And now, bless the God of all, who has done wondrous things on earth; who fosters people’s growth from their mother’s womb, and fashions them according to his will!  May he grant you joy of heart and may peace abide among you; may his goodness toward us endure in Israel to deliver us in our days.

Sirach 50: 22-24

Today in the United States is the annual celebration of Thanksgiving Day. It comes at a time in the country’s history and politics when its reminder to grow in gratitude may be never more necessary for a people who are, in a contradictory way, so relatively comfortable and wealthy — and yet painfully conflicted and unhappy.
The gospel from Luke that the liturgy offers us for the feast day is the story of the ten lepers whom Jesus cures, yet only one returns to thank him. Ten have their lives restored to them, and yet only one takes the time to return and offer thanks. If we are honest, we have to admit that the odds in the story are about right. Perhaps we’re doing well if we realize and express our gratitude one out of ten times it is due. Yet, there may be no other human disposition so vital to the experience of peace and joy as gratitude.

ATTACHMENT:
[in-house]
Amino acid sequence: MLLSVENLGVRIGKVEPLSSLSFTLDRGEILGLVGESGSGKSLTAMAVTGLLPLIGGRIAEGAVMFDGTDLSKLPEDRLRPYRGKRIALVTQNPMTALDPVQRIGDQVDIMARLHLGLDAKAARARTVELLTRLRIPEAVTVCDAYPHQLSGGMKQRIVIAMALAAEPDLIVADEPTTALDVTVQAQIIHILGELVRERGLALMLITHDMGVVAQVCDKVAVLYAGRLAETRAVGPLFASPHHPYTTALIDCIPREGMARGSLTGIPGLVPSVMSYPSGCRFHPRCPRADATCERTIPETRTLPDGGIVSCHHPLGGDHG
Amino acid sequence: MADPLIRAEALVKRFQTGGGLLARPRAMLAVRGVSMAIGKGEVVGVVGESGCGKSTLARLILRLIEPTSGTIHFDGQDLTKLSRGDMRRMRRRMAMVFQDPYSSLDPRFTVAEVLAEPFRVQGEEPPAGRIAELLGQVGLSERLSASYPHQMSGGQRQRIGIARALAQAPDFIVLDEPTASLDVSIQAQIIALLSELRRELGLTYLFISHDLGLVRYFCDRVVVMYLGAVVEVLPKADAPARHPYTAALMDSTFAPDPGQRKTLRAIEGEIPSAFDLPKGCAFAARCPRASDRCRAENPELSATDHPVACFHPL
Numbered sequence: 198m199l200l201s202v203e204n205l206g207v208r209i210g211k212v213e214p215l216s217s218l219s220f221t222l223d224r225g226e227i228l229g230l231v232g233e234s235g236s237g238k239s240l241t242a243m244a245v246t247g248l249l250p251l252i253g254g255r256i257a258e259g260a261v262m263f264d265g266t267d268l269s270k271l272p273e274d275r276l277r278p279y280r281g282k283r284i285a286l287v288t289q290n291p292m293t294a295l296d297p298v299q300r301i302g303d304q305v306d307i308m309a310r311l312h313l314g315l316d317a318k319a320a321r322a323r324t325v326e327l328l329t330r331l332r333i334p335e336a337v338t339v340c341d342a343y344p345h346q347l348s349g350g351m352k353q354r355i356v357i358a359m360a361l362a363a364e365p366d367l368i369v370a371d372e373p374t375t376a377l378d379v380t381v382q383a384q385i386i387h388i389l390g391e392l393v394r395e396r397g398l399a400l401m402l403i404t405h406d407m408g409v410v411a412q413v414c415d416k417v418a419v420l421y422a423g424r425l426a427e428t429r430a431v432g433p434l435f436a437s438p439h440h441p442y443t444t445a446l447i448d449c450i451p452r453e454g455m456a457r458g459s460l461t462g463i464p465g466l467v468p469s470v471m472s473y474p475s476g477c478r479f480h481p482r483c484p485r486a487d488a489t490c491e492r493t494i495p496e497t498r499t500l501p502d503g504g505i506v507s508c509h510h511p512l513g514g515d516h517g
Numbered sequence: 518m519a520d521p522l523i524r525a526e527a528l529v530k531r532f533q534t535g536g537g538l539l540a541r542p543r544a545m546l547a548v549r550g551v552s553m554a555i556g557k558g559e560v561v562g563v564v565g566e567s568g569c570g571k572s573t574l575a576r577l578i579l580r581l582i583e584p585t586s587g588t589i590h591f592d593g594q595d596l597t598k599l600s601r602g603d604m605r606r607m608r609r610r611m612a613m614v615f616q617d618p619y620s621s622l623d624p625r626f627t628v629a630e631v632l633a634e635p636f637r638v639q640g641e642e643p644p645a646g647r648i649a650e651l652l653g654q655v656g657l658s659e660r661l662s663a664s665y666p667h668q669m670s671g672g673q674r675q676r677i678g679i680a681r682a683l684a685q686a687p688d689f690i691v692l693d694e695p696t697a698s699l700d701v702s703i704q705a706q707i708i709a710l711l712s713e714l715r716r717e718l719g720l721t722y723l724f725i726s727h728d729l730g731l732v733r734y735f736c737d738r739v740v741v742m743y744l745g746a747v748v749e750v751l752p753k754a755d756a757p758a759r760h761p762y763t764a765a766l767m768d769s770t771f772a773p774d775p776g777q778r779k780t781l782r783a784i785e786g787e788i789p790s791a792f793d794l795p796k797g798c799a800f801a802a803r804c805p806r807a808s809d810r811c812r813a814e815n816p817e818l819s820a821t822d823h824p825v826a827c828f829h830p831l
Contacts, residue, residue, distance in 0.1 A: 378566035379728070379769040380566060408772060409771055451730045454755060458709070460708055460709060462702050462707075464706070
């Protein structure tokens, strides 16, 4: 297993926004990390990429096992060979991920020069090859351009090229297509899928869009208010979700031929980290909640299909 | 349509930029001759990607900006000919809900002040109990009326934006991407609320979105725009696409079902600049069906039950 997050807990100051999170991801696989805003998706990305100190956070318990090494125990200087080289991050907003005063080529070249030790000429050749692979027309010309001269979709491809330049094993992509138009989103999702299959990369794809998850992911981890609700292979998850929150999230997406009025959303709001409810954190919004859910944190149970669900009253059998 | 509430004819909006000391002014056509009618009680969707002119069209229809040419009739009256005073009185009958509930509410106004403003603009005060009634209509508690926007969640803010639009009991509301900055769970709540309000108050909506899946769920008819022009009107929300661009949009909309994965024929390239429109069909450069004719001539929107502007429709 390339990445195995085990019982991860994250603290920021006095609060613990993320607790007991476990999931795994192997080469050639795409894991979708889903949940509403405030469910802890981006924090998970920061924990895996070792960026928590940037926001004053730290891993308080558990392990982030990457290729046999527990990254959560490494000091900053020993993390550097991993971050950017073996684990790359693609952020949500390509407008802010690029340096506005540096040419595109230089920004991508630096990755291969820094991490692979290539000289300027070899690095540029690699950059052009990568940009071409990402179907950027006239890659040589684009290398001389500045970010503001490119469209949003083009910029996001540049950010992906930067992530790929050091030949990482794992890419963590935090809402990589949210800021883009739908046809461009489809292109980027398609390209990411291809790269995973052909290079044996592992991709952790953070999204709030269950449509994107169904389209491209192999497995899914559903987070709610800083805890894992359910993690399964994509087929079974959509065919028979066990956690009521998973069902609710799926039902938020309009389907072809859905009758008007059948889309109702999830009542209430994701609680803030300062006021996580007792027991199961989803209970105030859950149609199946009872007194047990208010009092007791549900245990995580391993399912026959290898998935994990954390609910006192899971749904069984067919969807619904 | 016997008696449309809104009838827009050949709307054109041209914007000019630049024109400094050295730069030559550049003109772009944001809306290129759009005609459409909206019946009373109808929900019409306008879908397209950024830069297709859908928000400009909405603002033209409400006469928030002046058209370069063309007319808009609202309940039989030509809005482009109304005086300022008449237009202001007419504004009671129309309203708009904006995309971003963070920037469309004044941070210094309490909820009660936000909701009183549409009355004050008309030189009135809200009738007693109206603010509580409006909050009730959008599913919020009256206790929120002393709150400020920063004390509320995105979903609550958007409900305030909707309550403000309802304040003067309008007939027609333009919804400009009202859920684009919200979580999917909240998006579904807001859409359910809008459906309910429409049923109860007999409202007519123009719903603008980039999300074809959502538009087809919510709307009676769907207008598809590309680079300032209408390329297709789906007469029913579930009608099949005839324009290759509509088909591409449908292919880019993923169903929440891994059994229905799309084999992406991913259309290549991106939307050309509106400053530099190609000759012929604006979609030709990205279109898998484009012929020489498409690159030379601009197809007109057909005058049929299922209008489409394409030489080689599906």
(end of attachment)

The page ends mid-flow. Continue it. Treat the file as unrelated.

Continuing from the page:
Yesterday a good friend who carries on an email dialogue based on these reflections wrote the following:  “Last night I could not sleep. I was awake for 3 hours or more, but I was quite content. I spent time in prayers of gratitude, for my life as it is and for the building blocks that I did not appreciate at the earlier ages that brought me here.” As I read this morning’s passage from Sirach, I was reminded of her experience of spending her waking hours during the night “in prayers of gratitude, for my life as it is and for the building blocks that I did not appreciate at the earlier ages that brought me here.” She was speaking of reflecting on her life in accord with the words of Sirach: “. . . bless the God of all . . . who fosters people’s growth from their mother’s womb, and fashions them according to his will!”
In order to experience and live in gratitude, we must realize that our life and our world is a gift, but even more that it is an unfolding gift that is always being brought into fuller being, in love. Our life is not an autonomous and autarchic  self-possession. It is a living and growing expression of the creative and merciful love of God in the world. At every moment from our conception in our mother’s womb, in every event and in every human encounter of our lives, God is forming us “according to God’s will.” In what pleases us and in what displeases us, in what buttresses our ego and in what deflates it, in gain and in loss, we are experiencing the “building blocks” of our lives as God wills them to be.